The term conspiracy often conjures images of secret meetings and intricate plans. What exactly constitutes a conspiracy to commit a crime? Here is what you need to know.
You can face conspiracy charges if you agree with one or more individuals to commit a crime and take at least one step toward executing your plans. It doesn’t matter whether the actual commission of the intended crime occurs or whether you were directly involved in that commission.
The elements of criminal conspiracy
The agreement to break the law is at the core of a criminal conspiracy. It can be explicit or implied and doesn’t necessarily have to be formal or in writing. This can be established through spoken or non-verbal communication or even via your actions.
Another crucial aspect of conspiracy is the shared intent to commit a specific criminal act. Associating with criminals does not make you a conspirator. All participants must know about the illegal objective and actively work towards its realization.
Lastly, either you or one of the individuals involved must have taken an overt act or a significant step in pursuance of the agreement to commit the crime. For instance, if you plan to rob a bank, an overt act would be sourcing guns or a getaway car since it’s a material part of the plan.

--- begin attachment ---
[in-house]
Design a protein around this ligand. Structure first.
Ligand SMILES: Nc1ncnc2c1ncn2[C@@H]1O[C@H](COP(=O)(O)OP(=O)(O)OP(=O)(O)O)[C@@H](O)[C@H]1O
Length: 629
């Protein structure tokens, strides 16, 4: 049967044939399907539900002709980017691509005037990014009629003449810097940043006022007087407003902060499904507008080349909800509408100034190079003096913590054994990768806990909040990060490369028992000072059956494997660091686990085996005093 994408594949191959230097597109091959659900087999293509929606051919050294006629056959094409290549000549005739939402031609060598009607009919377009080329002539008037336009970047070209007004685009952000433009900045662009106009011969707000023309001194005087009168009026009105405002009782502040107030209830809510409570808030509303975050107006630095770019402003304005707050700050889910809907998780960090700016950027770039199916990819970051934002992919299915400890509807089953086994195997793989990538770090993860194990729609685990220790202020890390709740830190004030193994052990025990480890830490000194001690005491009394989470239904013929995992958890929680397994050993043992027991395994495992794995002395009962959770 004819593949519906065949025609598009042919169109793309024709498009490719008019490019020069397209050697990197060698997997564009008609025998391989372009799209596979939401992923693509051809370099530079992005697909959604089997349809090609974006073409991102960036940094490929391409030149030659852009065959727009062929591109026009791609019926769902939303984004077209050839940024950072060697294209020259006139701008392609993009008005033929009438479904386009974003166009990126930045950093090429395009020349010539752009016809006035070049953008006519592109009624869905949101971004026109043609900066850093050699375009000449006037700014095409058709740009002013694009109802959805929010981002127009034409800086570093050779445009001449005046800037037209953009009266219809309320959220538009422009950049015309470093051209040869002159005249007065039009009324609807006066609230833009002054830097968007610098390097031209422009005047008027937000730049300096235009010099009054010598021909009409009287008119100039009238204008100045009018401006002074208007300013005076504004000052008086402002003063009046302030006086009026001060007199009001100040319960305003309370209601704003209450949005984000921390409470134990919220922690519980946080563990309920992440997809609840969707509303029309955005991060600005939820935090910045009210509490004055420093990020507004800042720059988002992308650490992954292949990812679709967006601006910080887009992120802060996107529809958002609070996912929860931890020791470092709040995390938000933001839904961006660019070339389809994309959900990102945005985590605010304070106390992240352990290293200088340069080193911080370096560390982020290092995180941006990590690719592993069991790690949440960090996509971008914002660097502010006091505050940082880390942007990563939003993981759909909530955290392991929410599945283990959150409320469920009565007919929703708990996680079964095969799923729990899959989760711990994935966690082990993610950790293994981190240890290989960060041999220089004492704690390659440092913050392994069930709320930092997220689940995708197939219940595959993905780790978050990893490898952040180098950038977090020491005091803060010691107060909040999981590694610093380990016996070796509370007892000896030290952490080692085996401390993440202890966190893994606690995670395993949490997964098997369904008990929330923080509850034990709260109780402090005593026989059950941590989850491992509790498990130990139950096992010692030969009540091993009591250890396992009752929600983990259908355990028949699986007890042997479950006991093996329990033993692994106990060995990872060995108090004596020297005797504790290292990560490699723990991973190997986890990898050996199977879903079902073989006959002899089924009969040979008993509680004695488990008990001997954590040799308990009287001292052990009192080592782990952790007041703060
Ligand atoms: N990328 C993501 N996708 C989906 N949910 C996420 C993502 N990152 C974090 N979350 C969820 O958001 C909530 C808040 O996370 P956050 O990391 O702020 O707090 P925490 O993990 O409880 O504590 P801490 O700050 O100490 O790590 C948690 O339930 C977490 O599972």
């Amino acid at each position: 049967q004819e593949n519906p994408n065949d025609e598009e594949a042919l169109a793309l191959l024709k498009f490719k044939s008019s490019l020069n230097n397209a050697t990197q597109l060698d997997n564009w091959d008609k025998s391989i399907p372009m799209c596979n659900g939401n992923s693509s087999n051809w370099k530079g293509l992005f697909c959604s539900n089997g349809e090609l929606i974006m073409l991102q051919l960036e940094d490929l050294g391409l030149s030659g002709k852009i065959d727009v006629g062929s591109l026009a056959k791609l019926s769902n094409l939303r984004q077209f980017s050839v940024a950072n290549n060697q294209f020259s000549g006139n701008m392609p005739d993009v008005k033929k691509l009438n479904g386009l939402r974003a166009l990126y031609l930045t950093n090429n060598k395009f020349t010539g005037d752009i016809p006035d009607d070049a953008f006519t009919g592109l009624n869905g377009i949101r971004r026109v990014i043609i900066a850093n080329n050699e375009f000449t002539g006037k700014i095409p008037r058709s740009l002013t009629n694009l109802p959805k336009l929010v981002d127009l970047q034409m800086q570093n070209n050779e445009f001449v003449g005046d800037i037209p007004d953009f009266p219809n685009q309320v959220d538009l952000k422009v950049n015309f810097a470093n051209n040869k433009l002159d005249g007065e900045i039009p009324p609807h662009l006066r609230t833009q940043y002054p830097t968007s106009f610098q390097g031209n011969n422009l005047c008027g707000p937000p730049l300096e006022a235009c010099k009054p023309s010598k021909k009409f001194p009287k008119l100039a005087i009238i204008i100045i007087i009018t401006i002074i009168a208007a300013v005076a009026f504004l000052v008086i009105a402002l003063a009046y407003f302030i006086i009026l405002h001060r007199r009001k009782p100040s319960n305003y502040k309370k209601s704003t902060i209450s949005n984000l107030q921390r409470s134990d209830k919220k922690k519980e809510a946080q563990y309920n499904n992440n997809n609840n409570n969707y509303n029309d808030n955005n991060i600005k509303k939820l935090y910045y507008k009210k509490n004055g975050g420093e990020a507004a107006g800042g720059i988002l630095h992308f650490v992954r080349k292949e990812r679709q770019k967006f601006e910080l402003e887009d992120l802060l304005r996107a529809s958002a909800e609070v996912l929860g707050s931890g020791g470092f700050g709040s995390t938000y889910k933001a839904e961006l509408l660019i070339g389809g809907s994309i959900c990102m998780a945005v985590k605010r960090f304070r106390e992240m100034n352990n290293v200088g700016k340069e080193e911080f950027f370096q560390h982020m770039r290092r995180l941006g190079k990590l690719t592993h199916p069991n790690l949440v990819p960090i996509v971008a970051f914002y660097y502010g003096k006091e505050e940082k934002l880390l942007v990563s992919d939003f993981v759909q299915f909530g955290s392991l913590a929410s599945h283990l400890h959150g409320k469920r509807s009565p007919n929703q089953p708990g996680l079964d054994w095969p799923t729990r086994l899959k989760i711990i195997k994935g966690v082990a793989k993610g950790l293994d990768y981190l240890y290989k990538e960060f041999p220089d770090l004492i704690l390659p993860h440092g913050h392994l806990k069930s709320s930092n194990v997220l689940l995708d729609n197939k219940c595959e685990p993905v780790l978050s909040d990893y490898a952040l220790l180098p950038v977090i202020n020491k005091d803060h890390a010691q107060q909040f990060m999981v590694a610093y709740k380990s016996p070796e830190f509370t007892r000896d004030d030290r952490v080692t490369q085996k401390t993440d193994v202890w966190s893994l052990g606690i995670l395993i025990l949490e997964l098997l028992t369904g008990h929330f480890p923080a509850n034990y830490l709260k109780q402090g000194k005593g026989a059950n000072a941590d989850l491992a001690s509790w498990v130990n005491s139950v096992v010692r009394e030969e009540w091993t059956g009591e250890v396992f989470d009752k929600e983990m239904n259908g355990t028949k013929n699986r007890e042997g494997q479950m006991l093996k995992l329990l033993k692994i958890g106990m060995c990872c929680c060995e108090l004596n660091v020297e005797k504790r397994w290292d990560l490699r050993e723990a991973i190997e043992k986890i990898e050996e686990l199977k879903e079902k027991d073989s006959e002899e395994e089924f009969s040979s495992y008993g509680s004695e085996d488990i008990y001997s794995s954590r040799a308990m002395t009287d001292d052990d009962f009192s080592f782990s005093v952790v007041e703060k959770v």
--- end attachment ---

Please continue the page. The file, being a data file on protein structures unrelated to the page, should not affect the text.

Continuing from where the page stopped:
How serious is a conspiracy charge?
A conspiracy charge in Texas is a serious matter. If convicted, you may face penalties that range from fines to imprisonment, depending on the nature and severity of the crime. In addition, Texas law treats conspiracy as a separate offense, meaning that you could face multiple charges for the same offense.
Seek necessary guidance
Several defenses can be raised against a conspiracy charge, such as a withdrawal from the agreement before the completion of the crime or before an overt act to execute the plans, entrapment by law enforcement to join or participate in the planning and execution or lack of evidence proving someone’s alleged role in the conspiracy.
If you are accused of conspiracy, you should seek legal guidance and representation as soon as possible. Making this effort can go a long way in helping you to understand your rights and options, challenging the evidence against you and presenting your best defense in court to increase the chances of a positive outcome.